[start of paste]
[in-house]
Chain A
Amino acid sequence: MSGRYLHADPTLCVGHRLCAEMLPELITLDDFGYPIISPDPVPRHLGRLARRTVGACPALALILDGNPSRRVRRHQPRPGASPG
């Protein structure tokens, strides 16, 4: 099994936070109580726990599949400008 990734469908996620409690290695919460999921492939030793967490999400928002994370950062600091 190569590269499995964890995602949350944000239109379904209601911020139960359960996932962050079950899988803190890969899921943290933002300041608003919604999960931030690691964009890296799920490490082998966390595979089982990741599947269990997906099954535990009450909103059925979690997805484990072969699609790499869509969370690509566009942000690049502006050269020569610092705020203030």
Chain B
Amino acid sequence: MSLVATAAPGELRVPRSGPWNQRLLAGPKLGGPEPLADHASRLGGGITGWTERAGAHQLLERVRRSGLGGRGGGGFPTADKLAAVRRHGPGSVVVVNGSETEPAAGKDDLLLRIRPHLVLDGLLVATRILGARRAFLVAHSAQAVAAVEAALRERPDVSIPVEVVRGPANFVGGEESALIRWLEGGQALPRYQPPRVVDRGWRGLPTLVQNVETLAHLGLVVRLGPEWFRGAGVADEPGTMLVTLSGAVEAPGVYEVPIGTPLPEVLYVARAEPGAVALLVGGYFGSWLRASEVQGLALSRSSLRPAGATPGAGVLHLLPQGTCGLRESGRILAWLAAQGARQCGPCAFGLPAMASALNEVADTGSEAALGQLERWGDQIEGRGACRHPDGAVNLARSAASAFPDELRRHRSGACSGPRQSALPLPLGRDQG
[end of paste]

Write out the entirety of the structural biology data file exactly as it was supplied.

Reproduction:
[in-house]
Chain A
Amino acid sequence: MSGRYLHADPTLCVGHRLCAEMLPELITLDDFGYPIISPDPVPRHLGRLARRTVGACPALALILDGNPSRRVRRHQPRPGASPG
């Protein structure tokens, strides 16, 4: 099994936070109580726990599949400008 990734469908996620409690290695919460999921492939030793967490999400928002994370950062600091 190569590269499995964890995602949350944000239109379904209601911020139960359960996932962050079950899988803190890969899921943290933002300041608003919604999960931030690691964009890296799920490490082998966390595979089982990741599947269990997906099954535990009450909103059925979690997805484990072969699609790499869509969370690509566009942000690049502006050269020569610092705020203030």
Chain B
Amino acid sequence: MSLVATAAPGELRVPRSGPWNQRLLAGPKLGGPEPLADHASRLGGGITGWTERAGAHQLLERVRRSGLGGRGGGGFPTADKLAAVRRHGPGSVVVVNGSETEPAAGKDDLLLRIRPHLVLDGLLVATRILGARRAFLVAHSAQAVAAVEAALRERPDVSIPVEVVRGPANFVGGEESALIRWLEGGQALPRYQPPRVVDRGWRGLPTLVQNVETLAHLGLVVRLGPEWFRGAGVADEPGTMLVTLSGAVEAPGVYEVPIGTPLPEVLYVARAEPGAVALLVGGYFGSWLRASEVQGLALSRSSLRPAGATPGAGVLHLLPQGTCGLRESGRILAWLAAQGARQCGPCAFGLPAMASALNEVADTGSEAALGQLERWGDQIEGRGACRHPDGAVNLARSAASAFPDELRRHRSGACSGPRQSALPLPLGRDQG